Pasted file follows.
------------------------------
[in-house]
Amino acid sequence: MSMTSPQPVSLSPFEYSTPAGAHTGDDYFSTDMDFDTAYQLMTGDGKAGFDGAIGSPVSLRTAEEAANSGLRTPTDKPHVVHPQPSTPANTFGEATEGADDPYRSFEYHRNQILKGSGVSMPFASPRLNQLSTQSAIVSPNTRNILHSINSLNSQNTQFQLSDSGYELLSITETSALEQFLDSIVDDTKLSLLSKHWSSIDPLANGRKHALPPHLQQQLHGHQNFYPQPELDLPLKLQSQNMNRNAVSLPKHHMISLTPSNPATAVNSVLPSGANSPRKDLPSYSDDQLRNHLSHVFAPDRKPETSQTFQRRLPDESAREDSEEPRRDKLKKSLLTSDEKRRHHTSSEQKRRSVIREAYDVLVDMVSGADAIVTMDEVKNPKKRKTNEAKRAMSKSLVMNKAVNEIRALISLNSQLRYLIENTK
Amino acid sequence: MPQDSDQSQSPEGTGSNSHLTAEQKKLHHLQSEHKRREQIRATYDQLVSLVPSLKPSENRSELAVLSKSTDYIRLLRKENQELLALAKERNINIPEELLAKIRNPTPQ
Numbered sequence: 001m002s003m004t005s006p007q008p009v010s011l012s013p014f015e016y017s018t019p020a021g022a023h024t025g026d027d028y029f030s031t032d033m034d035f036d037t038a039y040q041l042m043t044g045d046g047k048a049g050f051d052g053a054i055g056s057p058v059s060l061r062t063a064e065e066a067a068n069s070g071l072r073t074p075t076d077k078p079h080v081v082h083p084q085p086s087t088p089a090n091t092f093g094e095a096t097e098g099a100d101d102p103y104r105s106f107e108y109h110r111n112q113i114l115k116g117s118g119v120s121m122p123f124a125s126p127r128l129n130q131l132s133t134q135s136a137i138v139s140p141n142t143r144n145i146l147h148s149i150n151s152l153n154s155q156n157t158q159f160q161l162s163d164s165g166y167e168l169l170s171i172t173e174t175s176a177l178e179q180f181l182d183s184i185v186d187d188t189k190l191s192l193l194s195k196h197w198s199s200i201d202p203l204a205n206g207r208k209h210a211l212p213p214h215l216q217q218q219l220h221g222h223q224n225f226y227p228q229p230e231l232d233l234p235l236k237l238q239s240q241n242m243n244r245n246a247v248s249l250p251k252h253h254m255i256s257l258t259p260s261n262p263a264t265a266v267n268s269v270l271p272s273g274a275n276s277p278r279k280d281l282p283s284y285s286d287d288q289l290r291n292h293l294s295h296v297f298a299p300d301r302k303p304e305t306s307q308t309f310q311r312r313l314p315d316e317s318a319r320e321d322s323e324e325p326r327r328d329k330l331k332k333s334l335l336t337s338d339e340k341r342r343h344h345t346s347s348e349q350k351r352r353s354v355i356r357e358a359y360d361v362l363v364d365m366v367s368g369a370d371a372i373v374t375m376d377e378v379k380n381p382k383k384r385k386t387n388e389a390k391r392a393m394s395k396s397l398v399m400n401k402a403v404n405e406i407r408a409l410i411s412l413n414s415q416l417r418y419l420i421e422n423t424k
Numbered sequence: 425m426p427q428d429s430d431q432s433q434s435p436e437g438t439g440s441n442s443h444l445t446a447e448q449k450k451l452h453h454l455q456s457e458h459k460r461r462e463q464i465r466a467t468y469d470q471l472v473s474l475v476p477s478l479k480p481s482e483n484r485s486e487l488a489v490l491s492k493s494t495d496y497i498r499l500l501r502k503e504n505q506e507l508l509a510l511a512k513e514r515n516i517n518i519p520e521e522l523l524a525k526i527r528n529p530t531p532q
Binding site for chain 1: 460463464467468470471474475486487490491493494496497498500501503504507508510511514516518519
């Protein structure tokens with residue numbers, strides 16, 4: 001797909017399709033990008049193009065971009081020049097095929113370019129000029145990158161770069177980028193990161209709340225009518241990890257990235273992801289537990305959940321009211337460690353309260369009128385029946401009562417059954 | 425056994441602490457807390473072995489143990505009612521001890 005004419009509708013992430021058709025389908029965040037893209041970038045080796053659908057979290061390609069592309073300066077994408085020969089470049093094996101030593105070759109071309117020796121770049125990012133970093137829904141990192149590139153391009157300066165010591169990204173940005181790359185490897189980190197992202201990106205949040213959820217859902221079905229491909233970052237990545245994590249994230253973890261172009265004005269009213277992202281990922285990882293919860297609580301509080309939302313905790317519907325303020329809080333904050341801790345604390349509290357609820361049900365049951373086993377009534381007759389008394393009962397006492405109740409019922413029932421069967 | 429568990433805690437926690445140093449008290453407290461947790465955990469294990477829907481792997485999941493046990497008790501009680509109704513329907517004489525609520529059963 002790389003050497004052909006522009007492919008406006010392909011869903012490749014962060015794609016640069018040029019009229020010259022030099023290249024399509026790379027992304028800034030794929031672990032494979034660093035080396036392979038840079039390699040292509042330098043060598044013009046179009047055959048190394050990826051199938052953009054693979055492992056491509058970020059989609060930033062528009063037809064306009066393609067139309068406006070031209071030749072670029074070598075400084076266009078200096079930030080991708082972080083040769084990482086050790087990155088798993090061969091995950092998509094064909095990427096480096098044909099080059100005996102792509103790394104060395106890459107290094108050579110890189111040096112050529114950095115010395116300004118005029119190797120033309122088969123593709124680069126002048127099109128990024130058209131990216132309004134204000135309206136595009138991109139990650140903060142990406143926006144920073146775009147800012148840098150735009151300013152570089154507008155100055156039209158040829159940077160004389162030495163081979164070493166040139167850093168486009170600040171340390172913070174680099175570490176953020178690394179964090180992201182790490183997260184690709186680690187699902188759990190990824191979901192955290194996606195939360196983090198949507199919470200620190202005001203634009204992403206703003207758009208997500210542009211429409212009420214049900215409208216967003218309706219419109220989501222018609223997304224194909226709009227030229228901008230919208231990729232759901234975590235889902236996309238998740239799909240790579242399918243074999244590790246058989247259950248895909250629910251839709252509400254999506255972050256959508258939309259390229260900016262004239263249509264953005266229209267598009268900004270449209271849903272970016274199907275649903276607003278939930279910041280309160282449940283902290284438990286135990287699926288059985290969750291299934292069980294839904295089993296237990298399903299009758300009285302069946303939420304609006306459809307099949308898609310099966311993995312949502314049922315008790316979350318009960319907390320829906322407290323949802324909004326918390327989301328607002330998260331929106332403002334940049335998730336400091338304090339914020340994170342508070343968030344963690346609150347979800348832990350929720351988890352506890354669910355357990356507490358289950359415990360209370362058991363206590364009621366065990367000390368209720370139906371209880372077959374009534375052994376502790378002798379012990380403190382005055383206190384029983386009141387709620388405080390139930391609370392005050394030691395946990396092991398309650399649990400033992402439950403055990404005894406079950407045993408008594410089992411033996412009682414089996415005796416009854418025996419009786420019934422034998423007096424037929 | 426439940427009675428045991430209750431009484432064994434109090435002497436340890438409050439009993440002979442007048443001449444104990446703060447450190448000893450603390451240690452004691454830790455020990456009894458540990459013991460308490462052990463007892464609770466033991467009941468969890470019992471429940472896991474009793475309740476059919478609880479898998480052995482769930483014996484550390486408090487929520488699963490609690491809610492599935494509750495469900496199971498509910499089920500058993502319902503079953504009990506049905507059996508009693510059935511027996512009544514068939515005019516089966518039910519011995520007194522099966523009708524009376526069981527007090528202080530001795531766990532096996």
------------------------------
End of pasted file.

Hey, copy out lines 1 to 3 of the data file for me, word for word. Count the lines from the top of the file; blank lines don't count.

[in-house]
Amino acid sequence: MSMTSPQPVSLSPFEYSTPAGAHTGDDYFSTDMDFDTAYQLMTGDGKAGFDGAIGSPVSLRTAEEAANSGLRTPTDKPHVVHPQPSTPANTFGEATEGADDPYRSFEYHRNQILKGSGVSMPFASPRLNQLSTQSAIVSPNTRNILHSINSLNSQNTQFQLSDSGYELLSITETSALEQFLDSIVDDTKLSLLSKHWSSIDPLANGRKHALPPHLQQQLHGHQNFYPQPELDLPLKLQSQNMNRNAVSLPKHHMISLTPSNPATAVNSVLPSGANSPRKDLPSYSDDQLRNHLSHVFAPDRKPETSQTFQRRLPDESAREDSEEPRRDKLKKSLLTSDEKRRHHTSSEQKRRSVIREAYDVLVDMVSGADAIVTMDEVKNPKKRKTNEAKRAMSKSLVMNKAVNEIRALISLNSQLRYLIENTK
Amino acid sequence: MPQDSDQSQSPEGTGSNSHLTAEQKKLHHLQSEHKRREQIRATYDQLVSLVPSLKPSENRSELAVLSKSTDYIRLLRKENQELLALAKERNINIPEELLAKIRNPTPQ